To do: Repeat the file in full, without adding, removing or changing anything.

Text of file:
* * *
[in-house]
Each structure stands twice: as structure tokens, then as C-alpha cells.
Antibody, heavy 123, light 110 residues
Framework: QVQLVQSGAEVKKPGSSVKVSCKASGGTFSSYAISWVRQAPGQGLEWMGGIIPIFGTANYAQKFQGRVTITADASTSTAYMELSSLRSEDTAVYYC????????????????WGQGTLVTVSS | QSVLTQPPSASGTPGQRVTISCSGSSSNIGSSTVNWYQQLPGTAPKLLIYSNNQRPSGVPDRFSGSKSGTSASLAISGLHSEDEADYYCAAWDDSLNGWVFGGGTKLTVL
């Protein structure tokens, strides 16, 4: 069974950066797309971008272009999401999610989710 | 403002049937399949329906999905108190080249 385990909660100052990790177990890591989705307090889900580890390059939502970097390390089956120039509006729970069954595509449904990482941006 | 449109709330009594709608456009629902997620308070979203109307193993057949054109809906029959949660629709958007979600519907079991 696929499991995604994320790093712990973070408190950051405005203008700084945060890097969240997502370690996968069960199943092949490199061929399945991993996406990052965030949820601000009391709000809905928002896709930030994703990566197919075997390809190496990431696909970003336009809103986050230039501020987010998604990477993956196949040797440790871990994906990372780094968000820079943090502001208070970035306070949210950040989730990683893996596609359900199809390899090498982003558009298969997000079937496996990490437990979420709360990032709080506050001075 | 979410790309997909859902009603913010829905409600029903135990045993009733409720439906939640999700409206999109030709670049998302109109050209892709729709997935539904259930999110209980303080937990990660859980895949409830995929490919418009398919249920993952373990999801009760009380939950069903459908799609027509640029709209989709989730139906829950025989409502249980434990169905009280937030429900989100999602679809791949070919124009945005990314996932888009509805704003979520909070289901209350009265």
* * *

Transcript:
[in-house]
Each structure stands twice: as structure tokens, then as C-alpha cells.
Antibody, heavy 123, light 110 residues
Framework: QVQLVQSGAEVKKPGSSVKVSCKASGGTFSSYAISWVRQAPGQGLEWMGGIIPIFGTANYAQKFQGRVTITADASTSTAYMELSSLRSEDTAVYYC????????????????WGQGTLVTVSS | QSVLTQPPSASGTPGQRVTISCSGSSSNIGSSTVNWYQQLPGTAPKLLIYSNNQRPSGVPDRFSGSKSGTSASLAISGLHSEDEADYYCAAWDDSLNGWVFGGGTKLTVL
């Protein structure tokens, strides 16, 4: 069974950066797309971008272009999401999610989710 | 403002049937399949329906999905108190080249 385990909660100052990790177990890591989705307090889900580890390059939502970097390390089956120039509006729970069954595509449904990482941006 | 449109709330009594709608456009629902997620308070979203109307193993057949054109809906029959949660629709958007979600519907079991 696929499991995604994320790093712990973070408190950051405005203008700084945060890097969240997502370690996968069960199943092949490199061929399945991993996406990052965030949820601000009391709000809905928002896709930030994703990566197919075997390809190496990431696909970003336009809103986050230039501020987010998604990477993956196949040797440790871990994906990372780094968000820079943090502001208070970035306070949210950040989730990683893996596609359900199809390899090498982003558009298969997000079937496996990490437990979420709360990032709080506050001075 | 979410790309997909859902009603913010829905409600029903135990045993009733409720439906939640999700409206999109030709670049998302109109050209892709729709997935539904259930999110209980303080937990990660859980895949409830995929490919418009398919249920993952373990999801009760009380939950069903459908799609027509640029709209989709989730139906829950025989409502249980434990169905009280937030429900989100999602679809791949070919124009945005990314996932888009509805704003979520909070289901209350009265």